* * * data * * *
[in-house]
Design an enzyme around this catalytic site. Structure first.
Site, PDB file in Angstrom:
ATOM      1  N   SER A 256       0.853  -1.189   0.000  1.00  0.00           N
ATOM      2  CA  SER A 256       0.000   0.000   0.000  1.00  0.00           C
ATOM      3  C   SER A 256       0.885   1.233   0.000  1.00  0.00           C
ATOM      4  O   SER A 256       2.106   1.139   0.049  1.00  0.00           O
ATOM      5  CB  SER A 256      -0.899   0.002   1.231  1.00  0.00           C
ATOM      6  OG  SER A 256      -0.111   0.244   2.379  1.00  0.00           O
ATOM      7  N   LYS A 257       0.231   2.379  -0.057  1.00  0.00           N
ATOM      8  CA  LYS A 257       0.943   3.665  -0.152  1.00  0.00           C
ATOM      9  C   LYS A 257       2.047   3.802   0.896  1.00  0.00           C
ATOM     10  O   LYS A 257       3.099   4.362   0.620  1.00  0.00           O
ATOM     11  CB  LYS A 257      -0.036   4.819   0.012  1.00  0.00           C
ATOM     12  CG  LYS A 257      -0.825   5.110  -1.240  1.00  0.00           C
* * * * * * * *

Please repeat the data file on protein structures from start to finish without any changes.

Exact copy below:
[in-house]
Design an enzyme around this catalytic site. Structure first.
Site, PDB file in Angstrom:
ATOM      1  N   SER A 256       0.853  -1.189   0.000  1.00  0.00           N
ATOM      2  CA  SER A 256       0.000   0.000   0.000  1.00  0.00           C
ATOM      3  C   SER A 256       0.885   1.233   0.000  1.00  0.00           C
ATOM      4  O   SER A 256       2.106   1.139   0.049  1.00  0.00           O
ATOM      5  CB  SER A 256      -0.899   0.002   1.231  1.00  0.00           C
ATOM      6  OG  SER A 256      -0.111   0.244   2.379  1.00  0.00           O
ATOM      7  N   LYS A 257       0.231   2.379  -0.057  1.00  0.00           N
ATOM      8  CA  LYS A 257       0.943   3.665  -0.152  1.00  0.00           C
ATOM      9  C   LYS A 257       2.047   3.802   0.896  1.00  0.00           C
ATOM     10  O   LYS A 257       3.099   4.362   0.620  1.00  0.00           O
ATOM     11  CB  LYS A 257      -0.036   4.819   0.012  1.00  0.00           C
ATOM     12  CG  LYS A 257      -0.825   5.110  -1.240  1.00  0.00           C